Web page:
By Tim Ashley
MENTONE — Walking into the Mentone Historical Museum, it is clear a considerable amount of the town’s history is on display. But so much more of that history is not so visible.
For many years the Lawrence D. Bell Aircraft Museum on Oak Street in Mentone also had the original section designated for many items about the history of the town. But when interest increased in donating items, the board of directors voted Aug. 28, 2018, to rename the history of Mentone portion of the building the Mentone Historical Museum. It has a separate entrance from the Bell Museum too.
Clearly, more space is needed to properly display all of the donated items. A fund for maintenance and building has been set up through the Kosciusko County Community Foundation and a building committee exists. The committee is considering whether to tear down the existing historical museum and build a bigger one or add on to the existing building.
Linda Cochran, a member of the board of directors for the museum, noted originally the building that dates to the 1970s was designed for keeping Bell memorabilia. The first helicopter didn’t arrive until the late 1990s. Bell was the founder of the Bell Aircraft Corporation and was born in Mentone on April 5, 1894.
But eventually because of the increasing interest in donating items and preserving the town’s history the board of directors wanted to remember that history. “It’s our way of keeping Mentone alive,” Cochran commented.
There are interesting displays to be found including a library table donated by the Tucker family that was built by John Morgan in 1928. Etched on top of the table is the outline of the original plat of Mentone. Tim Whetstone, another board member, said there was essentially nothing in Mentone except for a couple of houses before the railroad came through in the early 1880s.
Another display features War Mothers Unit 106, a group of women who contributed to the World War II effort by sewing, stitching and through other means. Also on display is some of the story of Russell Eber, a World War II veteran from Mentone who had a million dollar estate when he died. He was a woodworker who did his work for the trailer industry.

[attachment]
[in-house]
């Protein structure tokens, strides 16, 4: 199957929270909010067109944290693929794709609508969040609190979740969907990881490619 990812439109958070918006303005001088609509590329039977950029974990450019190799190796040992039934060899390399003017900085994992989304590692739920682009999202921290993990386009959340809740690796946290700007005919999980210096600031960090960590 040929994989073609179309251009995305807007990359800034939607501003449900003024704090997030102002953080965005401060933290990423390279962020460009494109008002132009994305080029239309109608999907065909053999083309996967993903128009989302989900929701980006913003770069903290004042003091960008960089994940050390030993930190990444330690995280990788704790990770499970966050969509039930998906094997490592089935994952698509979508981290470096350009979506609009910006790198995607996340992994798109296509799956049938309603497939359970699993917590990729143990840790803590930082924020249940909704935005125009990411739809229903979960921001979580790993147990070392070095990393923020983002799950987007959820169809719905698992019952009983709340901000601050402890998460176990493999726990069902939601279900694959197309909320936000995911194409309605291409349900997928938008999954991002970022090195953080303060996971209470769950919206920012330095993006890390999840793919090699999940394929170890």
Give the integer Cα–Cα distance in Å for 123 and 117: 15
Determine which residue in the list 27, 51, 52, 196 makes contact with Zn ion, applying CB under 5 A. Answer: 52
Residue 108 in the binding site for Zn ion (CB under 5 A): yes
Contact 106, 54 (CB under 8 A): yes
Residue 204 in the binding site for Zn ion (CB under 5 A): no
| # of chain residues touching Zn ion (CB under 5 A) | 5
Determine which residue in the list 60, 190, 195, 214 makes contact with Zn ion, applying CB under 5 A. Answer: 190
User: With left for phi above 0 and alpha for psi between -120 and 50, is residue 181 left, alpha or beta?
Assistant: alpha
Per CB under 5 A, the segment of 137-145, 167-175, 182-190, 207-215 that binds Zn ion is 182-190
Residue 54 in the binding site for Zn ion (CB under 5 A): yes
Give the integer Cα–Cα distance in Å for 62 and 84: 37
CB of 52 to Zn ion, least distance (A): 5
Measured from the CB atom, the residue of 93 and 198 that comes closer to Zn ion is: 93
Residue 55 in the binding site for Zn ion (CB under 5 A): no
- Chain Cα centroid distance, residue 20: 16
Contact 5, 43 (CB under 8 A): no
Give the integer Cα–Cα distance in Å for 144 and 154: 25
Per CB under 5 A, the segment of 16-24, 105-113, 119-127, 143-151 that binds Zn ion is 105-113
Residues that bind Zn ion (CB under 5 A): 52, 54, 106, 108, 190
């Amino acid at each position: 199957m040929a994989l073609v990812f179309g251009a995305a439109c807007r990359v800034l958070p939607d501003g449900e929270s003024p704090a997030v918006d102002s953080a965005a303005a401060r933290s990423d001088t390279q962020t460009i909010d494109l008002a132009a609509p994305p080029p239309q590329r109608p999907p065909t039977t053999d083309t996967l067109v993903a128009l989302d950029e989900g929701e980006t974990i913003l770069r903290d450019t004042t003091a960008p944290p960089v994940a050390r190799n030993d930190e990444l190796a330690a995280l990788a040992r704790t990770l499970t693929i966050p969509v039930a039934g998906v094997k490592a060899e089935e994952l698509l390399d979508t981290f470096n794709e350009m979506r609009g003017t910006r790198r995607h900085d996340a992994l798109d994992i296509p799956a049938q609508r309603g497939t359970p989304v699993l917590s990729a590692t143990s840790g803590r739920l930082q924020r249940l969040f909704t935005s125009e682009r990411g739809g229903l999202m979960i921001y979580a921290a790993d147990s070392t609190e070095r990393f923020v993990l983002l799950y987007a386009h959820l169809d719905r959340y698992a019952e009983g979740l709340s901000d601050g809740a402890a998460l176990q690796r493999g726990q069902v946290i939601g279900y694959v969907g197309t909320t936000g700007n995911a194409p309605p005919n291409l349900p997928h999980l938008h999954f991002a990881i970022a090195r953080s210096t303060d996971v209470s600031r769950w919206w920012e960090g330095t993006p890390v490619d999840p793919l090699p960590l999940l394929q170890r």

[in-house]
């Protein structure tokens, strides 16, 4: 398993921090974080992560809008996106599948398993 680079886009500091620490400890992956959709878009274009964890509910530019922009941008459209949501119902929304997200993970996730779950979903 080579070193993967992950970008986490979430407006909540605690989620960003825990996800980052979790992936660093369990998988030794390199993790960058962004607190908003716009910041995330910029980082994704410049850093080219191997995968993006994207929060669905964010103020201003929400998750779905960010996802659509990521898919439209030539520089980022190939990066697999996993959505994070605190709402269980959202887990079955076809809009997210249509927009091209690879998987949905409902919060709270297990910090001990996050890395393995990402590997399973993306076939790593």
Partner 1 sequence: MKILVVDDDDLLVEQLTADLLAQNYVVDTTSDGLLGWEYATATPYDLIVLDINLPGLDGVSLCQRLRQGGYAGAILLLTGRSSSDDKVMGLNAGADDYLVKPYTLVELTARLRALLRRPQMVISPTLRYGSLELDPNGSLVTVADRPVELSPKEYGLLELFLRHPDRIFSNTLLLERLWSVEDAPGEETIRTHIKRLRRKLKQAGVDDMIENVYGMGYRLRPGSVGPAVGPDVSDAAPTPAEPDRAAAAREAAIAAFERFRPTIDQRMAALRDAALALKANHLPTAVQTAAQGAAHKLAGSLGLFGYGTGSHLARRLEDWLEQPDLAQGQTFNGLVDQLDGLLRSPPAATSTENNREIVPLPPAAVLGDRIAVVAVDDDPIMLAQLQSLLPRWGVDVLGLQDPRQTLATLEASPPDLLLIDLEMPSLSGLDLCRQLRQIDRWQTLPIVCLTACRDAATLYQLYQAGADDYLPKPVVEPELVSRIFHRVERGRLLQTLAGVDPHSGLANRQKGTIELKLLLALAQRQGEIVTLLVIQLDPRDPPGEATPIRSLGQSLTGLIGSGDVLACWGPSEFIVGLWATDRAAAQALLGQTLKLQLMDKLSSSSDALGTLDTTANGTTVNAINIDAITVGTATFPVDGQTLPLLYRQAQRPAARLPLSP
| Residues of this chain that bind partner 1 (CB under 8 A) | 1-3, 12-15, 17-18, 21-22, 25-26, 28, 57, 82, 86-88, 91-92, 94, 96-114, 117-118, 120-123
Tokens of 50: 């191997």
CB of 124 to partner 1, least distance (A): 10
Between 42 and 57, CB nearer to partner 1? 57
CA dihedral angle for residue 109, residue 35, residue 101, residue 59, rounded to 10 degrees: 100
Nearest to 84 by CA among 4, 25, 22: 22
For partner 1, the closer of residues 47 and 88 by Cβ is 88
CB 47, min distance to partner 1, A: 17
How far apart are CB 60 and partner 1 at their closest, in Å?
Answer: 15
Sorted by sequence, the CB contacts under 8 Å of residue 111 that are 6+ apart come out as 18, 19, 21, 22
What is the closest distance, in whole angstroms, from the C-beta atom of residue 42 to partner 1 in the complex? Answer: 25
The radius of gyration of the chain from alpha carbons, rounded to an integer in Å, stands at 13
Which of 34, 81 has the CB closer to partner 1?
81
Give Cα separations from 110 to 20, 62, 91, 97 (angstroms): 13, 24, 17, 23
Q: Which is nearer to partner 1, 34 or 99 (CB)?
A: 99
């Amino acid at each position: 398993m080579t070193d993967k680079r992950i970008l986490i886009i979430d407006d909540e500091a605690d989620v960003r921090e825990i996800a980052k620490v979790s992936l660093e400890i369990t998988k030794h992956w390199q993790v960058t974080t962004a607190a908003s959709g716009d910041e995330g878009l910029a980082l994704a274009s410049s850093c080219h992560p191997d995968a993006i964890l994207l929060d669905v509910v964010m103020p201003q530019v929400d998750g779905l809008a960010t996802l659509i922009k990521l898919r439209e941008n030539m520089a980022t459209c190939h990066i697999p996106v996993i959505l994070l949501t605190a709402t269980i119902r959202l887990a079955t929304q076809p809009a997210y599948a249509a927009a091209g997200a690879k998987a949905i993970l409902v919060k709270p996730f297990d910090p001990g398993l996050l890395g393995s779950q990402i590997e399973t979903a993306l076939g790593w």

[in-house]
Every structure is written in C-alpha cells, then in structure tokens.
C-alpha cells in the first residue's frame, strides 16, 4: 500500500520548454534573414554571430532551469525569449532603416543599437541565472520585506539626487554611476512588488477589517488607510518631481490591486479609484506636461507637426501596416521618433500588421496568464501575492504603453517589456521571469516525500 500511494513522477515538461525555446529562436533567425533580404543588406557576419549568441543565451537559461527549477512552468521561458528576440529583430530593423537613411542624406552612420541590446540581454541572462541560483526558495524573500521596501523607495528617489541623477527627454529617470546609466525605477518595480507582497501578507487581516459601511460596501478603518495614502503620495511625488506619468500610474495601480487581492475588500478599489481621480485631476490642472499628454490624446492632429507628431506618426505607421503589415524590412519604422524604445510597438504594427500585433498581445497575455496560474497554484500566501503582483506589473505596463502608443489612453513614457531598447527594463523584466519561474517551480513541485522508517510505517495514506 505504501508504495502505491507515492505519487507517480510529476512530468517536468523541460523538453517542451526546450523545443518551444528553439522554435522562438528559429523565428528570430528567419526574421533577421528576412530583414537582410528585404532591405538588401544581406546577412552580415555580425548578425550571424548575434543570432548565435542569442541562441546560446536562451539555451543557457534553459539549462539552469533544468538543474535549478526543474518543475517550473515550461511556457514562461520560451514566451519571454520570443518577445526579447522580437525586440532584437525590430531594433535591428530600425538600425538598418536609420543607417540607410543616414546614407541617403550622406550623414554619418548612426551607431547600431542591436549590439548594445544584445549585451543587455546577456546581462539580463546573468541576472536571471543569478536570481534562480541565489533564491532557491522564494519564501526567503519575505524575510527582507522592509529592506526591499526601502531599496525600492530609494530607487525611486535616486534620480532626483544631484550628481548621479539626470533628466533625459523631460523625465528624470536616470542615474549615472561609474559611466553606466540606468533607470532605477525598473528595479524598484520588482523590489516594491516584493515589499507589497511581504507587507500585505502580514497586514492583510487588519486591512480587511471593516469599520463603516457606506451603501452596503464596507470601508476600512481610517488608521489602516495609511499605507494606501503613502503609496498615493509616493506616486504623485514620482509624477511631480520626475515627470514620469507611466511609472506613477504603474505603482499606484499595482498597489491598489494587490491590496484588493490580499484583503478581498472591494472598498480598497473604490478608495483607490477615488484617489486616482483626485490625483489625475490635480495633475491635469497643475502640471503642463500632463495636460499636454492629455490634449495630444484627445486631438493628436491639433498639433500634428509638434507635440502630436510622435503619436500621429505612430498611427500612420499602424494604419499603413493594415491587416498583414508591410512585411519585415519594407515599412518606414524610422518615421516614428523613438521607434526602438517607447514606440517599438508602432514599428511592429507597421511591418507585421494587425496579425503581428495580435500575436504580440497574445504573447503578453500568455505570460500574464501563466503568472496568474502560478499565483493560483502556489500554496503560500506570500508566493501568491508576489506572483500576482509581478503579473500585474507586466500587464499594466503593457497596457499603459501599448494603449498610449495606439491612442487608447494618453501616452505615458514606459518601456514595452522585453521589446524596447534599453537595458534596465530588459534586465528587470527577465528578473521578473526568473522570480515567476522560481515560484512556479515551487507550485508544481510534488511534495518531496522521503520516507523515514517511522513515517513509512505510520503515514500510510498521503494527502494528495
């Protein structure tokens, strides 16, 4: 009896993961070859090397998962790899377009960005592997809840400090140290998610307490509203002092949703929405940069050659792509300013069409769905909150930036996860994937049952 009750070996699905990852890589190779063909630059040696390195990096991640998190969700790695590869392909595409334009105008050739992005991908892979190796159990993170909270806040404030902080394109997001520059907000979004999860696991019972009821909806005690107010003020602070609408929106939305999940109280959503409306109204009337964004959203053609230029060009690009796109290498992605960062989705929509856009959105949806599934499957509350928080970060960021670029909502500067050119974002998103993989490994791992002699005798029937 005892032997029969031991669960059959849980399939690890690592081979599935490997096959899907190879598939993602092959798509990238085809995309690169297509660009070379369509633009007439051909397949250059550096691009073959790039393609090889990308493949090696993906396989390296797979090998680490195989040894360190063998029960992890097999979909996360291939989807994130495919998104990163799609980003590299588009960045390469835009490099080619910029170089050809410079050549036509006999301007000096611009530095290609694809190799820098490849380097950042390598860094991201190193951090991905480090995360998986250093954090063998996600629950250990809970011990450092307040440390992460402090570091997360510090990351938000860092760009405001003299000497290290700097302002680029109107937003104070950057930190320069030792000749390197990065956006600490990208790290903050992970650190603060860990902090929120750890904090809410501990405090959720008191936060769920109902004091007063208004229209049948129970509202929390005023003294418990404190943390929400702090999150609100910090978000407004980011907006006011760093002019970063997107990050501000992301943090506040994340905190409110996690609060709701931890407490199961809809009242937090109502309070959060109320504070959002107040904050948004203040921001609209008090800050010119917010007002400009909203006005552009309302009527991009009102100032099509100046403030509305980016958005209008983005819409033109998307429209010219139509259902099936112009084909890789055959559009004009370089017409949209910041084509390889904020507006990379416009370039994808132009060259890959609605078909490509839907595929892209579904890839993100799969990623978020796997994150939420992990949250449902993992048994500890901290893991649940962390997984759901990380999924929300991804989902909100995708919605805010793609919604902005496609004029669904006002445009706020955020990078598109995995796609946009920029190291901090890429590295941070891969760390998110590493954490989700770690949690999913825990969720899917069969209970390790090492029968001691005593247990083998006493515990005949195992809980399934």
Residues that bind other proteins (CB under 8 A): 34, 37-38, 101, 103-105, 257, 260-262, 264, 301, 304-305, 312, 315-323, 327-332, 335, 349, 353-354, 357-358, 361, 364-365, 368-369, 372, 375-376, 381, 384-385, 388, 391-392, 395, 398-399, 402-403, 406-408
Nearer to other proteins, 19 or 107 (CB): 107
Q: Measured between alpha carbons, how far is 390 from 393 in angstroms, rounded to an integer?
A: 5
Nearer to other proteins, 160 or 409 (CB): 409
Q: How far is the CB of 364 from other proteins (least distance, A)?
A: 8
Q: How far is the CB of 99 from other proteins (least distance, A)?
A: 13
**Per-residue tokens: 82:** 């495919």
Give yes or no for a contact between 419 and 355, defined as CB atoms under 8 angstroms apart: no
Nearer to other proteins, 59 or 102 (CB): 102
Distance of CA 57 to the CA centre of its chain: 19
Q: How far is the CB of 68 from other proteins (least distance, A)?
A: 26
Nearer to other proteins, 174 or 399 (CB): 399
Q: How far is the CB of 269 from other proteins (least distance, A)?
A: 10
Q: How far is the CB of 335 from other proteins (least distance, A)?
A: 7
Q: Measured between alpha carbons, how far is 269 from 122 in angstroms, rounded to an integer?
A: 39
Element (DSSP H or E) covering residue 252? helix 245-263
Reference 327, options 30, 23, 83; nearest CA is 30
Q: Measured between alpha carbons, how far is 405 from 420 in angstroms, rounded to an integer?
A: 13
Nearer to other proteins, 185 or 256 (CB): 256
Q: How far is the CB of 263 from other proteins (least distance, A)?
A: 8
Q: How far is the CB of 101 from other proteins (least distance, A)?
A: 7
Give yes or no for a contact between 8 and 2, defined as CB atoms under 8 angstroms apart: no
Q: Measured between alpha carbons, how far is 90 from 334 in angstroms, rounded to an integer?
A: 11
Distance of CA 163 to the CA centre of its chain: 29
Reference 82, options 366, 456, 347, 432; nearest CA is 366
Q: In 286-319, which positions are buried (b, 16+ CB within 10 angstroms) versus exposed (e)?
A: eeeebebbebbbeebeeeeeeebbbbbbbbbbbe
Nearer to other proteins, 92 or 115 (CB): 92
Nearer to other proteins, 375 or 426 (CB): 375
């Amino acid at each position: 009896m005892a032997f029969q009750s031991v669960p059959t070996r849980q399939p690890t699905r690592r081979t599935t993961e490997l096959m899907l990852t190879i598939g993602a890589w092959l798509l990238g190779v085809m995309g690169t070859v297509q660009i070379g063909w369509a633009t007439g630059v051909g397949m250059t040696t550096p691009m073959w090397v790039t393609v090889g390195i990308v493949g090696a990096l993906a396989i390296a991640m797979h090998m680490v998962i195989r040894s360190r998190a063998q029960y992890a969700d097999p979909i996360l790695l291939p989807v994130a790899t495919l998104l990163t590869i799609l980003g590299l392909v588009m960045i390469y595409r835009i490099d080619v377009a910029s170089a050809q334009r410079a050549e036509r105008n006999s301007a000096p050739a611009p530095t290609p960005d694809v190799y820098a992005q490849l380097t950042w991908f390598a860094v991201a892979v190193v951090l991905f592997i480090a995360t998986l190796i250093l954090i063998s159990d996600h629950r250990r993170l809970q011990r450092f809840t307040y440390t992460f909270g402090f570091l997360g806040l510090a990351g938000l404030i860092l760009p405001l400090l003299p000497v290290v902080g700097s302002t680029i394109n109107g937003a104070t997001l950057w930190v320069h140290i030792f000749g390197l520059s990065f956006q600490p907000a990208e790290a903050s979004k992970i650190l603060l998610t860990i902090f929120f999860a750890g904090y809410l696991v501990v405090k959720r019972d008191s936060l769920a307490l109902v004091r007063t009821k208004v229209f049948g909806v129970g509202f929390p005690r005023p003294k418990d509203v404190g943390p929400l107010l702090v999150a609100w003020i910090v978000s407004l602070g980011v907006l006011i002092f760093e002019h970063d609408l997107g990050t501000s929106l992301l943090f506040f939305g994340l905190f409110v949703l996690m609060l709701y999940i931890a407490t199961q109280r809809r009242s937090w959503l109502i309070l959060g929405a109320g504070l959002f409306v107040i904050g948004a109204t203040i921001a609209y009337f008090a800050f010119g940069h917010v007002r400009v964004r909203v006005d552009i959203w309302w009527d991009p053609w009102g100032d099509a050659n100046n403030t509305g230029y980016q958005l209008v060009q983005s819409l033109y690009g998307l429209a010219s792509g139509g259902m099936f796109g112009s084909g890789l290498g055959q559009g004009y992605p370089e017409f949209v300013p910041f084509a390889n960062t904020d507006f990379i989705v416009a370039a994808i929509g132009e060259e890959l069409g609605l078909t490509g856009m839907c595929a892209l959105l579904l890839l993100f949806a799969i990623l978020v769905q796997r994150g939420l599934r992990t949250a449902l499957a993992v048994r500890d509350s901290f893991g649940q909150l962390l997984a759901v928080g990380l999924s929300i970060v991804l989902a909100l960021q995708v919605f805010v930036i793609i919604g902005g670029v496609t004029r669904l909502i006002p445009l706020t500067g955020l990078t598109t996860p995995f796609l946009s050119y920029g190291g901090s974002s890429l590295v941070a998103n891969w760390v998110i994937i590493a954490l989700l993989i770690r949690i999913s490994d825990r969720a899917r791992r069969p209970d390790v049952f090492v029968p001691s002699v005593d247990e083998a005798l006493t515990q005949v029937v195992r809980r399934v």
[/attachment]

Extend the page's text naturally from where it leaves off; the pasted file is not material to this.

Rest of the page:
There are also binders containing genealogies of prominent local families as well as profiles of several people with compiled newspaper clippings, obituaries and more. Volunteers have donated their time to compile the information.
An old photo shows one of the first cars built in Mentone.
Another goal is to put on display the many school-related items. Mentone had its own high school until consolidation closed it in the early 1970s. “There is no place to put them (school items),” Cochran said.
In an attempt to draw more visitors to the museum, panels on the outside of the building by the entrance which are blank now would hopefully have photos put inside them.
Expanding the hours of the museum is another possibility, assuming enough volunteers are available to cover those hours. “We are run by volunteers; many of them are retired,” she said.
Whetstone is also currently working on refurbishing a Bell Model 48 helicopter. It is the only one known to still be in existence.
Both museums are open from 1 to 5 p.m. Sundays and by appointment. The museums are located at 210 S. Oak St. For more information, call (574) 353-7318.
If interested in donating to the community foundation fund, visit kcfoundation.org/donate and select the Mentone Historical Museum on the donation page. Checks can also be mailed to the Kosciusko County Community Foundation, 102 E. Market Street, Warsaw, Indiana 46580.
The museum is also enrolled in the Kroger Community Rewards Program at www.kroger.com.